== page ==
The renegade Kautsky II

Posted on Jun 4, 2022

The debate between Kautsky and Lenin can be traced on/attributed to the revolutionary potential of the global north:

“…Such is the position both in France and in Great Britain. Comrade Crispien does not regard the split like a Communist, but quite in the spirit of Kautsky, who is supposed to have no influence. Then Crispien went on to speak of high wages. The position in Germany, he said, is that the workers are quite well off compared with the workers in Russia or in general, in the East of Europe. A revolution, as he sees it, can be made only if it does not worsen the workers’ conditions “too much”. Is it permissible, in a Communist Party, to speak in a tone like this, I ask? This is the language of counter-revolution. The standard of living in Russia is undoubtedly lower than in Germany, and when we established the dictatorship, this led to the workers beginning to go more hungry and to their conditions becoming even worse. The workers’ victory cannot be achieved without sacrifices, without a temporary deterioration of their conditions. We must tell the workers the very opposite of what Crispien has said. If, in desiring to prepare the workers for the dictatorship, one tells them that their conditions will not be worsened “too much”, one is losing sight of the main thing, namely, that it was by helping their “own” bourgeoisie to conquer and strangle the whole world by imperialist methods, with the aim of thereby ensuring better pay for themselves, that the labour aristocracy developed. If the German workers now want to work for the revolution they must make sacrifices, and not be afraid to do so.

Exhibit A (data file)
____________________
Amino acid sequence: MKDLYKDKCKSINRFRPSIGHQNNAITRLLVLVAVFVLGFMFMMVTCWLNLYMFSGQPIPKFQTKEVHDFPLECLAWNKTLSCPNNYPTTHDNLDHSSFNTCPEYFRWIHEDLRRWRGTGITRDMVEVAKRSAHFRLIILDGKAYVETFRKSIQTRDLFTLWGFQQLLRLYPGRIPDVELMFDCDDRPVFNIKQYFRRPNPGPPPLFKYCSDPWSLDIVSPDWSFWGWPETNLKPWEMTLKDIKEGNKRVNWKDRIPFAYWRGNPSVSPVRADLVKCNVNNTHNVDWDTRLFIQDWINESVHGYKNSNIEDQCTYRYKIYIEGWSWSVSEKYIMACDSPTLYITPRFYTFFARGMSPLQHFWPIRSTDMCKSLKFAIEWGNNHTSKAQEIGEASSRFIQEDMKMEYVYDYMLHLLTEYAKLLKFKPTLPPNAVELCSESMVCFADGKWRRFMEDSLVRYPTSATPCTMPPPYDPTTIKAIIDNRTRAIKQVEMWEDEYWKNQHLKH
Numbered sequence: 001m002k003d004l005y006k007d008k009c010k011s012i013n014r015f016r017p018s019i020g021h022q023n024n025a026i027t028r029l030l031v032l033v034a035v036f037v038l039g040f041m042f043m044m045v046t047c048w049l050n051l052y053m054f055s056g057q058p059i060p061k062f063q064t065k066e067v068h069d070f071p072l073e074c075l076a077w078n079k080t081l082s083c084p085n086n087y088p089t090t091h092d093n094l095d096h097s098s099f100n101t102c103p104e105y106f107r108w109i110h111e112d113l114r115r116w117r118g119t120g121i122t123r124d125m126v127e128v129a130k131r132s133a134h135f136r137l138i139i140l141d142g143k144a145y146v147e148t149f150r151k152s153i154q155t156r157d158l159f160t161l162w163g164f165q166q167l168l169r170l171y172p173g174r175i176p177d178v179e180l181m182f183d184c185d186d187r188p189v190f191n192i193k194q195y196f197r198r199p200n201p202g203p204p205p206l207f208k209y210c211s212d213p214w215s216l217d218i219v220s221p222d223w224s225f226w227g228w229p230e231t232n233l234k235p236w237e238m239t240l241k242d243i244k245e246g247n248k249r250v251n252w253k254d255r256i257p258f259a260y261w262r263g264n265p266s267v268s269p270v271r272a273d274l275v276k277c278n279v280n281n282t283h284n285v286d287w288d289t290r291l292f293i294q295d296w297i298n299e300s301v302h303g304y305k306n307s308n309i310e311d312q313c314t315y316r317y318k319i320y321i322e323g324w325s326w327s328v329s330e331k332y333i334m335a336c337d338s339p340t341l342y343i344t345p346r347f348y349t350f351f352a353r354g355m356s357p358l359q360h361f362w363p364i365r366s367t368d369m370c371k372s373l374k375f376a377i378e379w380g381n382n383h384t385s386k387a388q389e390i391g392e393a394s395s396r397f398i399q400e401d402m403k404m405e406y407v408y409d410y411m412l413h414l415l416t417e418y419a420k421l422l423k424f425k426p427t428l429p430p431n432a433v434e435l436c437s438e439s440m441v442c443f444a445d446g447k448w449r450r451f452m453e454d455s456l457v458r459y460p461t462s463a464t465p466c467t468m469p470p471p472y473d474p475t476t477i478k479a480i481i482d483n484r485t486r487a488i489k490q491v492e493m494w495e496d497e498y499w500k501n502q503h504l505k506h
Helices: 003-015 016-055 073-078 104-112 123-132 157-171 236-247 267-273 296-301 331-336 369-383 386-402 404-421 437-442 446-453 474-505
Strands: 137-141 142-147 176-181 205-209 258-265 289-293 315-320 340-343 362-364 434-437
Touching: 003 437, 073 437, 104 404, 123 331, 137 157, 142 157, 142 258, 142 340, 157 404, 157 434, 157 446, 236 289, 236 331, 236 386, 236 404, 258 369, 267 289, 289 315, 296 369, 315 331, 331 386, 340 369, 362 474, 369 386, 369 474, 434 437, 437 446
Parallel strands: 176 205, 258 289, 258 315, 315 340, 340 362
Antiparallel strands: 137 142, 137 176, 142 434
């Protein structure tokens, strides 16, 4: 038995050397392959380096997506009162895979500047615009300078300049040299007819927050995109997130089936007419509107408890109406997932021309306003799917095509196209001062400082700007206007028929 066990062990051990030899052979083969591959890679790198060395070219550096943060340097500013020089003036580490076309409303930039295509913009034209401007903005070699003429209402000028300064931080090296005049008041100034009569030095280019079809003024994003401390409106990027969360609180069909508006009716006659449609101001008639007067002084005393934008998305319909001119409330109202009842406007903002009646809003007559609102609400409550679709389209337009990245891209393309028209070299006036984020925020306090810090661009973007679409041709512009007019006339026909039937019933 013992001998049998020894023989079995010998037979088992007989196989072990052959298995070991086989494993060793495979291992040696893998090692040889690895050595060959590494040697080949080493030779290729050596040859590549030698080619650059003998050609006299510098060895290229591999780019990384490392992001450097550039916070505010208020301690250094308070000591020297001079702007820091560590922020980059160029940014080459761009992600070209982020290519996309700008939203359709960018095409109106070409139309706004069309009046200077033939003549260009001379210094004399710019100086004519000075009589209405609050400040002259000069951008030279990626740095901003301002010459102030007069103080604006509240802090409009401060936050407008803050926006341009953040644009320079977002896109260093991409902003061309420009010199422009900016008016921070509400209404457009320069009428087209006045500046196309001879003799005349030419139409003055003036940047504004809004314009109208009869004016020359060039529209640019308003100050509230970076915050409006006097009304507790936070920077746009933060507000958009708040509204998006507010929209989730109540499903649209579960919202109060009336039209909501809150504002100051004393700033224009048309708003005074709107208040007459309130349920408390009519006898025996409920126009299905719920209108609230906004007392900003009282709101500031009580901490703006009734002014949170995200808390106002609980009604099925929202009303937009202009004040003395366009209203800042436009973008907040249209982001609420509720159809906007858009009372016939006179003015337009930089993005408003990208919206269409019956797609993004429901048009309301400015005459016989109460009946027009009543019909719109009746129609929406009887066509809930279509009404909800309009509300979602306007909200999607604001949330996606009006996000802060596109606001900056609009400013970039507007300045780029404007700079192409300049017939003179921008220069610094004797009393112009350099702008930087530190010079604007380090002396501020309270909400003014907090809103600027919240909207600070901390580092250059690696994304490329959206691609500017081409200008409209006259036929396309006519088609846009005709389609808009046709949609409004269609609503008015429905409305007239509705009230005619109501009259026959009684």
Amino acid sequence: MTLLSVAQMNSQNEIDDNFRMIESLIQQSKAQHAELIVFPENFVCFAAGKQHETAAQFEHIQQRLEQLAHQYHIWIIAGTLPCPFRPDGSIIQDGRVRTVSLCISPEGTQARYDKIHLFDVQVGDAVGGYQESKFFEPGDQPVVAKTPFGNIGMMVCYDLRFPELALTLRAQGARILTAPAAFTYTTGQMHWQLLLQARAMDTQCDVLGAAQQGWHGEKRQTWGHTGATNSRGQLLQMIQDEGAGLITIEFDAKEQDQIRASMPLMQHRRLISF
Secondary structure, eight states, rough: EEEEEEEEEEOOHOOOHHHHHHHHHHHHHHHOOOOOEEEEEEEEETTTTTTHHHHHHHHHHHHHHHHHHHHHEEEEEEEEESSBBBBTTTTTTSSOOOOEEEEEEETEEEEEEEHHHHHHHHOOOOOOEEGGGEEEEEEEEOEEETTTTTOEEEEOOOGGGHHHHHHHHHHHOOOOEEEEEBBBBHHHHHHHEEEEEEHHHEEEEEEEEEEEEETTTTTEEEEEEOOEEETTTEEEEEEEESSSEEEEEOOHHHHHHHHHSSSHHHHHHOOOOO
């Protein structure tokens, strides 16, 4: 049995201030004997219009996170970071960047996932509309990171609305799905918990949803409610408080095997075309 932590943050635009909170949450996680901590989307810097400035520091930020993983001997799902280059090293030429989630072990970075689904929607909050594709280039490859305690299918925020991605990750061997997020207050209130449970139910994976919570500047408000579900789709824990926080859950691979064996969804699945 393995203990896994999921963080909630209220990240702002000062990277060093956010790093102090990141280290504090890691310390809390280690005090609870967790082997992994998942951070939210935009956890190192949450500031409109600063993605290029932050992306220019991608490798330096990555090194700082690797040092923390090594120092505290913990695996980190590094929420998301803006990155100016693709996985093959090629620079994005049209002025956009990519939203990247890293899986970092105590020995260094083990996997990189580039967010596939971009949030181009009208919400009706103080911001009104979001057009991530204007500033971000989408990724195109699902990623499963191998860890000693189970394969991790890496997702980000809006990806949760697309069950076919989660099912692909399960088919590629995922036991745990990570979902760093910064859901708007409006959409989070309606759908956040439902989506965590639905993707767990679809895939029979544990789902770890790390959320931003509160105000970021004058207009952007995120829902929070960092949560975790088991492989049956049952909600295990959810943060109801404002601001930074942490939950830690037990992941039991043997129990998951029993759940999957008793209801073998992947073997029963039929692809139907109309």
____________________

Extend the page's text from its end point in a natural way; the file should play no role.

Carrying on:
Lenin’s argument to me seems insane. Lenin is asking western workers to sacrifice their consumption standards for global revolution. Similar arguments are raised by quite a few “climate emergency” or de-growth proponents.

In a similar vein, in another classic text, Lenin attacks Kautsky for thinking that that European revolutions would come by a specific date (but nevertheless they are to come soon):

“…Kautsky has confused tactics based on the expectation of a European revolution in the more or less near future, but not at a definite date, with tactics based on the expectation of a European revolution at a definite date. A slight, just a very slight forgery!”

It’s been more than 100 years since the October revolution, countless events have taken place since, but European uprisings are nowhere in sight. I think this is a fundamental problem in Lenin’s appraisal – nothing will ever take place in the centre unless it somehow promises to improve living standards (in tangible terms) here and now.